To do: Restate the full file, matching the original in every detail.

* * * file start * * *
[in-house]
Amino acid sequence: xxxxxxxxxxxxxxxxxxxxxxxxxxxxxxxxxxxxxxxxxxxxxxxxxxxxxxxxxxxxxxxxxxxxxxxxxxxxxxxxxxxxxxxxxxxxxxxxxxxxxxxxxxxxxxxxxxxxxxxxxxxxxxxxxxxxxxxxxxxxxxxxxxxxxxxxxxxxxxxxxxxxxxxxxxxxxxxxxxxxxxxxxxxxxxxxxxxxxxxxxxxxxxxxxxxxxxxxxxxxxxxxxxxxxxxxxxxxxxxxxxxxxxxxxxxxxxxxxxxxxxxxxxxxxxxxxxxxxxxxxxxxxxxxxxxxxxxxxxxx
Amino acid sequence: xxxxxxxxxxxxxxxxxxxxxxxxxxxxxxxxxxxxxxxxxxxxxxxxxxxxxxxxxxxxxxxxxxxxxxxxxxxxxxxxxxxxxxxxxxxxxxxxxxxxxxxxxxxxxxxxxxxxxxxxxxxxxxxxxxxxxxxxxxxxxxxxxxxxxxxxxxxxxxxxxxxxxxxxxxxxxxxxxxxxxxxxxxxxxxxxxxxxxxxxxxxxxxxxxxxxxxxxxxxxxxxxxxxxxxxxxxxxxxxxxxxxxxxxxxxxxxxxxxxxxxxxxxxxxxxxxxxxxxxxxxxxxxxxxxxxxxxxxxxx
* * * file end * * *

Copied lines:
[in-house]
Amino acid sequence: xxxxxxxxxxxxxxxxxxxxxxxxxxxxxxxxxxxxxxxxxxxxxxxxxxxxxxxxxxxxxxxxxxxxxxxxxxxxxxxxxxxxxxxxxxxxxxxxxxxxxxxxxxxxxxxxxxxxxxxxxxxxxxxxxxxxxxxxxxxxxxxxxxxxxxxxxxxxxxxxxxxxxxxxxxxxxxxxxxxxxxxxxxxxxxxxxxxxxxxxxxxxxxxxxxxxxxxxxxxxxxxxxxxxxxxxxxxxxxxxxxxxxxxxxxxxxxxxxxxxxxxxxxxxxxxxxxxxxxxxxxxxxxxxxxxxxxxxxxxx
Amino acid sequence: xxxxxxxxxxxxxxxxxxxxxxxxxxxxxxxxxxxxxxxxxxxxxxxxxxxxxxxxxxxxxxxxxxxxxxxxxxxxxxxxxxxxxxxxxxxxxxxxxxxxxxxxxxxxxxxxxxxxxxxxxxxxxxxxxxxxxxxxxxxxxxxxxxxxxxxxxxxxxxxxxxxxxxxxxxxxxxxxxxxxxxxxxxxxxxxxxxxxxxxxxxxxxxxxxxxxxxxxxxxxxxxxxxxxxxxxxxxxxxxxxxxxxxxxxxxxxxxxxxxxxxxxxxxxxxxxxxxxxxxxxxxxxxxxxxxxxxxxxxxx